Source: Resident shoots and kills intruder at On the Beat in the Bluegrass
Resident shoots and kills intruder
UPDATED AT 2:37 P.M.: Lexington police are investigating the death of a man suspected of charging into an apartment near Hamburg Pavilion Wednesday morning before one of the residents grabbed a handgun and shot him.
Officers are conferring with the Commonwealth’s Attorney’s Office as they explore whether the shooting was self-defense, said Officer Ann Gutierrez, a Lexington police spokeswoman. The shooting was being treated as a homicide Wednesday morning as police canvassed an area at Gleneagles Apartments at 2920 Polo Club Boulevard and interviewed witnesses.
The victim and the shooter have not been identified.
Fayette County Coroner Gary Ginn said the man appears to be in his late 20s or early 30s. He had not yet checked for an ID.
Ginn said he did not know where the man was shot or how many times he was shot.
Neighbors said they heard people yelling followed by at least three gunshots. The shooting was reported to police about 8:30 a.m.
A neighbor, who heard gunshots, flagged down officers and directed them to the apartment, Gutierrez said.
Investigators were told the couple who lives in the apartment answered knocks at the door and were “rushed by several people,” Gutierrez said.
The intruders had handguns, she said. One of the occupants in the apartment got a handgun and shot one of the men. He was found dead inside the apartment when police arrived.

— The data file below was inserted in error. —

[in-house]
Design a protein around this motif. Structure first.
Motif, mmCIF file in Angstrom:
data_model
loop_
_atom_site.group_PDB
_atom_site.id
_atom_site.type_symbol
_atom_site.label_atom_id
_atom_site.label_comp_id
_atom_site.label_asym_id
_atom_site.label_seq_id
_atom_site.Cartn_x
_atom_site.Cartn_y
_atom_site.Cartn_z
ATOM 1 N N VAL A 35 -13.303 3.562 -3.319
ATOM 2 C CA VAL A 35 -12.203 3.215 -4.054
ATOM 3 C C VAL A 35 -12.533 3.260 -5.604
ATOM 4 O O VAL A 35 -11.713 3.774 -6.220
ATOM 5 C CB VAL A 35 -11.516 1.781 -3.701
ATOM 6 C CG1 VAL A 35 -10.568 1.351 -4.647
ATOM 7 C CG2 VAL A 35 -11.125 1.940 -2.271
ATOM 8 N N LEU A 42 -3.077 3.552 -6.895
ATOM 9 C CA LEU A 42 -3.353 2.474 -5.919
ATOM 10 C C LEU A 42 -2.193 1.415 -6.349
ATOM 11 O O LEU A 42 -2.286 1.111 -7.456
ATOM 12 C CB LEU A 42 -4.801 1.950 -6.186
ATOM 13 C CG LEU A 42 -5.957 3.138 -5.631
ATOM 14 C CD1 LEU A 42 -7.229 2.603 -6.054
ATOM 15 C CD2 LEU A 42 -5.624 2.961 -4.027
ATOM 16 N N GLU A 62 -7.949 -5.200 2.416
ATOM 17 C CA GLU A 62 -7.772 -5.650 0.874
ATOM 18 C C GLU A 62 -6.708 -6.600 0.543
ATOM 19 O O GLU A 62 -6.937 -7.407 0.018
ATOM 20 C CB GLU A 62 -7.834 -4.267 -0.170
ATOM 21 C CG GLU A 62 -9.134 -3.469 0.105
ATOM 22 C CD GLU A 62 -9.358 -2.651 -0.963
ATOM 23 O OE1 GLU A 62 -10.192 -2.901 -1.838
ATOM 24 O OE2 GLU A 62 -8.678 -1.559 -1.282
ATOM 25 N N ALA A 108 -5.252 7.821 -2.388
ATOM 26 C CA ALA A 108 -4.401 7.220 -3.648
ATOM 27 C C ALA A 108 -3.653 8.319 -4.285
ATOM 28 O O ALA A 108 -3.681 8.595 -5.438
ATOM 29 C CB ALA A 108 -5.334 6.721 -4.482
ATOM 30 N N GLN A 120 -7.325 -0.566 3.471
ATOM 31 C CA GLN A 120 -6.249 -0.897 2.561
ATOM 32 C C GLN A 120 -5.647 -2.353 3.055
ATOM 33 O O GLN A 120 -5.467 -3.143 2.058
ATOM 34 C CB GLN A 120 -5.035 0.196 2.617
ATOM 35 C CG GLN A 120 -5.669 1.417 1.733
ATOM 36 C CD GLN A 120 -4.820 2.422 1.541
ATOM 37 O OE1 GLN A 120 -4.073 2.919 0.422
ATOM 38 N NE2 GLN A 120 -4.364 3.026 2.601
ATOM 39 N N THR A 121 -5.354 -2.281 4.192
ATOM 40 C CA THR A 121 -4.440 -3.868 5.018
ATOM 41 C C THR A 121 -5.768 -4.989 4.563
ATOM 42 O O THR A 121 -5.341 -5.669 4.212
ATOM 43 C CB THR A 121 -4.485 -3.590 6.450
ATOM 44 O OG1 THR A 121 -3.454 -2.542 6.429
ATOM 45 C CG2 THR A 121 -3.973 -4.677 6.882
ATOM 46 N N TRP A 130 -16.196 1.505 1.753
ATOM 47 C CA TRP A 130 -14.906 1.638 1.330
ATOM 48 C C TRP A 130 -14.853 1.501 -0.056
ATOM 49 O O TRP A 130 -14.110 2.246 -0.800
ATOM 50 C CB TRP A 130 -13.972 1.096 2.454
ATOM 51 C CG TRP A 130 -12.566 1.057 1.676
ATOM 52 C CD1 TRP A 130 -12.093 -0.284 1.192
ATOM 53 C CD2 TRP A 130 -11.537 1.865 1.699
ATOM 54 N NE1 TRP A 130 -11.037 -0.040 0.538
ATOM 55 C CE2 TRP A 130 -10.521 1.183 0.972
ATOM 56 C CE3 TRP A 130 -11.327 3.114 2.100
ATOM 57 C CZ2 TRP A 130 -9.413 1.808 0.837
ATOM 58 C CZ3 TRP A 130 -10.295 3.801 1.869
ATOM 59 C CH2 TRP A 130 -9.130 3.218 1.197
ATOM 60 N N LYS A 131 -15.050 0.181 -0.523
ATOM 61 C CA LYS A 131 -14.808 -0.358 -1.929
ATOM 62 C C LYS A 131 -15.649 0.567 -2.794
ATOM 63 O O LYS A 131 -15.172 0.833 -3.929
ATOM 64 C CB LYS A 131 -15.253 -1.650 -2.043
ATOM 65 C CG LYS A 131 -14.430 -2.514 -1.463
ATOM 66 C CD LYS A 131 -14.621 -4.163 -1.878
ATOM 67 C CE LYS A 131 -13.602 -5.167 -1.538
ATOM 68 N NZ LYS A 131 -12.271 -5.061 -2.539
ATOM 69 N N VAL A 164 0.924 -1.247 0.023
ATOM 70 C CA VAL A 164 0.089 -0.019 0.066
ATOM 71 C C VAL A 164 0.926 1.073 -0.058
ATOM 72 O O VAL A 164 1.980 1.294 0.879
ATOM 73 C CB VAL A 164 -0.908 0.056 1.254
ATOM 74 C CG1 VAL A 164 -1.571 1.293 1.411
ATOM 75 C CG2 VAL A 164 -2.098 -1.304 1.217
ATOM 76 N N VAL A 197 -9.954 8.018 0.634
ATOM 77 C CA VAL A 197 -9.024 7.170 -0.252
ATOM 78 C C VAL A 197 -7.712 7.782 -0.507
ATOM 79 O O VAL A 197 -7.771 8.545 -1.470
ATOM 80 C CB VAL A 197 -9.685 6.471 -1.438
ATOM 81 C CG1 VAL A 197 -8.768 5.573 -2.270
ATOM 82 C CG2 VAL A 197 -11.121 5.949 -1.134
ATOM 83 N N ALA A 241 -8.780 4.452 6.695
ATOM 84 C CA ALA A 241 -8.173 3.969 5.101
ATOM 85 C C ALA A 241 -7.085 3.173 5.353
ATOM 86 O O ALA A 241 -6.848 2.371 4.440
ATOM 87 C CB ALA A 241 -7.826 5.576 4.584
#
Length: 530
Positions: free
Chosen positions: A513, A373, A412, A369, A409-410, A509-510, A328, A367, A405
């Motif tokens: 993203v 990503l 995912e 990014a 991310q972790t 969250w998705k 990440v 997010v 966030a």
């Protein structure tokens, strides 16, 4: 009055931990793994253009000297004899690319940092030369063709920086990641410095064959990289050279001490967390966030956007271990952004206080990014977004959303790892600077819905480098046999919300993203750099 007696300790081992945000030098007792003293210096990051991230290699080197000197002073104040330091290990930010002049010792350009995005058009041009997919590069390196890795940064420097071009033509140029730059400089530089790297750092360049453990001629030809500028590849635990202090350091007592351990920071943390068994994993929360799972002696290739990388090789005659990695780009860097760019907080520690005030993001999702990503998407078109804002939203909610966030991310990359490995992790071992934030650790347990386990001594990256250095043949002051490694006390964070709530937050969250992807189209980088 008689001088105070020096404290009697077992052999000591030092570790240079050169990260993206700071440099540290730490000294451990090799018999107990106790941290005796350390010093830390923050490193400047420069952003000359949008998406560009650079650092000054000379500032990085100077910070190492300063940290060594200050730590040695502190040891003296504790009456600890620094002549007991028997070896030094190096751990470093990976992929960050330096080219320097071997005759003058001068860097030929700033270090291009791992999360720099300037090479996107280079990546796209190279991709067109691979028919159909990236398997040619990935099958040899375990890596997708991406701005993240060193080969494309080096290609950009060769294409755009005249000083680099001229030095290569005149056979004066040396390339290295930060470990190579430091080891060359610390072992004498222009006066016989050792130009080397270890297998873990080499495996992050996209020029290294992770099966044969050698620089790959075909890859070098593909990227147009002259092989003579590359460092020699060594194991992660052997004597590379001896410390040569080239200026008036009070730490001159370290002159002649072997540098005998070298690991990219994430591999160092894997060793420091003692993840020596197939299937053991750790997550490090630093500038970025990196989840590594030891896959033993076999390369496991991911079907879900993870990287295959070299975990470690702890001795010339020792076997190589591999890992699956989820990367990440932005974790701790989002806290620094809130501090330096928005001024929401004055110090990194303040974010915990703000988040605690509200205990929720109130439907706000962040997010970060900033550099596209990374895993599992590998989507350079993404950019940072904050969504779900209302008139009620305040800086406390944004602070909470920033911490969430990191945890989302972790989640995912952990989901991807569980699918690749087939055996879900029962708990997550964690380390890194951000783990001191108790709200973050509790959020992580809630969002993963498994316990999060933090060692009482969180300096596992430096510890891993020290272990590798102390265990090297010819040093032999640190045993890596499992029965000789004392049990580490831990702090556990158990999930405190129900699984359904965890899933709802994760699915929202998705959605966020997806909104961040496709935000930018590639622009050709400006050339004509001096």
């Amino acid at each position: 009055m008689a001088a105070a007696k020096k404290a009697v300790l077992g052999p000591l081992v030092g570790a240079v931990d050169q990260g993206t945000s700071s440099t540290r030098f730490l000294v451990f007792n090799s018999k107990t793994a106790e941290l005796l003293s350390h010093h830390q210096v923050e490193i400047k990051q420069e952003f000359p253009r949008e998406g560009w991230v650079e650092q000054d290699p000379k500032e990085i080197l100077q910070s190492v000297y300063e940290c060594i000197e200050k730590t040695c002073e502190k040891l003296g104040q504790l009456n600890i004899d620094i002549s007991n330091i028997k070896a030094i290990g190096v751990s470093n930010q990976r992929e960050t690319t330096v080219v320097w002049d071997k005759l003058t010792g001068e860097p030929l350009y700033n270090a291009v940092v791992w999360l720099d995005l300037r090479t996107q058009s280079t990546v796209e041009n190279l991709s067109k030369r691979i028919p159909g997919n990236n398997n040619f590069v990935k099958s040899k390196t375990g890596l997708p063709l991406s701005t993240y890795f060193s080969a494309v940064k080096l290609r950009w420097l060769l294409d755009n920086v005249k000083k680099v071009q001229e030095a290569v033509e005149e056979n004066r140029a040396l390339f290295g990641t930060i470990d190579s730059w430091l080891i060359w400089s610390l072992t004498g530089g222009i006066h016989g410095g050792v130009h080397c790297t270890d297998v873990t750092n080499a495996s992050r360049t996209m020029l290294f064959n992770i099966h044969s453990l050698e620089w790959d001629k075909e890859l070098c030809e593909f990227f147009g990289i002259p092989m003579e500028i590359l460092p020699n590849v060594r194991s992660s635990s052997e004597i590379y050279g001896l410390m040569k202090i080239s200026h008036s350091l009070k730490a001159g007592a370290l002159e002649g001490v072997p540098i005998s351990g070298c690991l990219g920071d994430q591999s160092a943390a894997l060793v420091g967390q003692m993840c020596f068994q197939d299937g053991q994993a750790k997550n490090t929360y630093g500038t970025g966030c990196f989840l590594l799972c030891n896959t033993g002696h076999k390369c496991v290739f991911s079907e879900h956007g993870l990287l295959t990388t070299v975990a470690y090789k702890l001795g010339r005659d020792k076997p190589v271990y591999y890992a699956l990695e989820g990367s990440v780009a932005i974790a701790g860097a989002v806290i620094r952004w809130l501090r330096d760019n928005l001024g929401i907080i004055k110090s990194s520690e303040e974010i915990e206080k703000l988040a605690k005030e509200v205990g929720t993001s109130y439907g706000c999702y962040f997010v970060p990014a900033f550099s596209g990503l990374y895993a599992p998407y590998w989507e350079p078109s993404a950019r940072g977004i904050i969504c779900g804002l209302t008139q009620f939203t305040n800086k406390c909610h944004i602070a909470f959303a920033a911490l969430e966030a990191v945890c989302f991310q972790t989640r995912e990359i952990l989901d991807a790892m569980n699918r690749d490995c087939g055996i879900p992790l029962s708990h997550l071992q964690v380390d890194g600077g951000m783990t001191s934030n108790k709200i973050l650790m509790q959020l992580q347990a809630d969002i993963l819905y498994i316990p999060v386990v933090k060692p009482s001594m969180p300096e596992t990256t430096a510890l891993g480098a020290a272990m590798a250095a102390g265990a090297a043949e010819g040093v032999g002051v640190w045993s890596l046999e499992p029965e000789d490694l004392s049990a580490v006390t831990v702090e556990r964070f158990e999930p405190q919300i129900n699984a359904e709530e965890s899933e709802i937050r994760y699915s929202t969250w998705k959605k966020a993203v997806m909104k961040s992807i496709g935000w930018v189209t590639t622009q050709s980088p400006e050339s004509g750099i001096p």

There were a lot of people at the scene when police arrived, Gutierrez said. And officers were interviewing them Wednesday afternoon, trying to determine whether they were involved.
She said police have not determined which resident shot the man.
Investigators also have not figured out why the intruders were at the apartment and whether they knew the residents.
Gutierrez said police are looking at whether a 2006 law, commonly called the castle doctrine, applies to this case.
Under the law, Kentucky residents can shoot an intruder without fear of being arrested. The National Rifle Association has lobbied for such laws across the country.
Jeff Haddix said his 27-year-old daughter and her boyfriend live at the apartment where the shooting took place. He did not want to give his daughter’s name, but he quietly waited for several hours at the crime scene with other relatives as the woman was interviewed by police.
Haddix said police told him that she’s OK; “just a little shaken up.” He said he was “terrified” when he arrived at the apartment complex and saw the police cruisers. He said he was not able to talk to his daughter at all.
He mouthed a few words to her as she sat in the back of a police cruiser. He asked if she wanted something to drink.